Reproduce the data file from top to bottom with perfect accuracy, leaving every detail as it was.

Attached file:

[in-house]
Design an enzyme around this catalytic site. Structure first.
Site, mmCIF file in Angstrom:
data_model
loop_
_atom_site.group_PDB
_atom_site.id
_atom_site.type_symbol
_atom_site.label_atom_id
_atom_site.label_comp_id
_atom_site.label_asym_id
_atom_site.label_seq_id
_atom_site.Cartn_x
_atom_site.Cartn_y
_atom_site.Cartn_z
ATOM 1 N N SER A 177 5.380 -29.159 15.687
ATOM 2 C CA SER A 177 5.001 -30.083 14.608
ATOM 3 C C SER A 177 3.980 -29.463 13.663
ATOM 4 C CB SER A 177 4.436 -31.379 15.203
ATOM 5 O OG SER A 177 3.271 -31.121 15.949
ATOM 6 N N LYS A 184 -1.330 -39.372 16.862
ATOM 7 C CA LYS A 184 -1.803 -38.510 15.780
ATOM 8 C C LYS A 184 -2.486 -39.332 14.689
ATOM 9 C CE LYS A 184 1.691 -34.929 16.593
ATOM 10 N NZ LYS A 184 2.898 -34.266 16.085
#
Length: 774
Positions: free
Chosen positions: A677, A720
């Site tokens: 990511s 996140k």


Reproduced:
[in-house]
Design an enzyme around this catalytic site. Structure first.
Site, mmCIF file in Angstrom:
data_model
loop_
_atom_site.group_PDB
_atom_site.id
_atom_site.type_symbol
_atom_site.label_atom_id
_atom_site.label_comp_id
_atom_site.label_asym_id
_atom_site.label_seq_id
_atom_site.Cartn_x
_atom_site.Cartn_y
_atom_site.Cartn_z
ATOM 1 N N SER A 177 5.380 -29.159 15.687
ATOM 2 C CA SER A 177 5.001 -30.083 14.608
ATOM 3 C C SER A 177 3.980 -29.463 13.663
ATOM 4 C CB SER A 177 4.436 -31.379 15.203
ATOM 5 O OG SER A 177 3.271 -31.121 15.949
ATOM 6 N N LYS A 184 -1.330 -39.372 16.862
ATOM 7 C CA LYS A 184 -1.803 -38.510 15.780
ATOM 8 C C LYS A 184 -2.486 -39.332 14.689
ATOM 9 C CE LYS A 184 1.691 -34.929 16.593
ATOM 10 N NZ LYS A 184 2.898 -34.266 16.085
#
Length: 774
Positions: free
Chosen positions: A677, A720
């Site tokens: 990511s 996140k």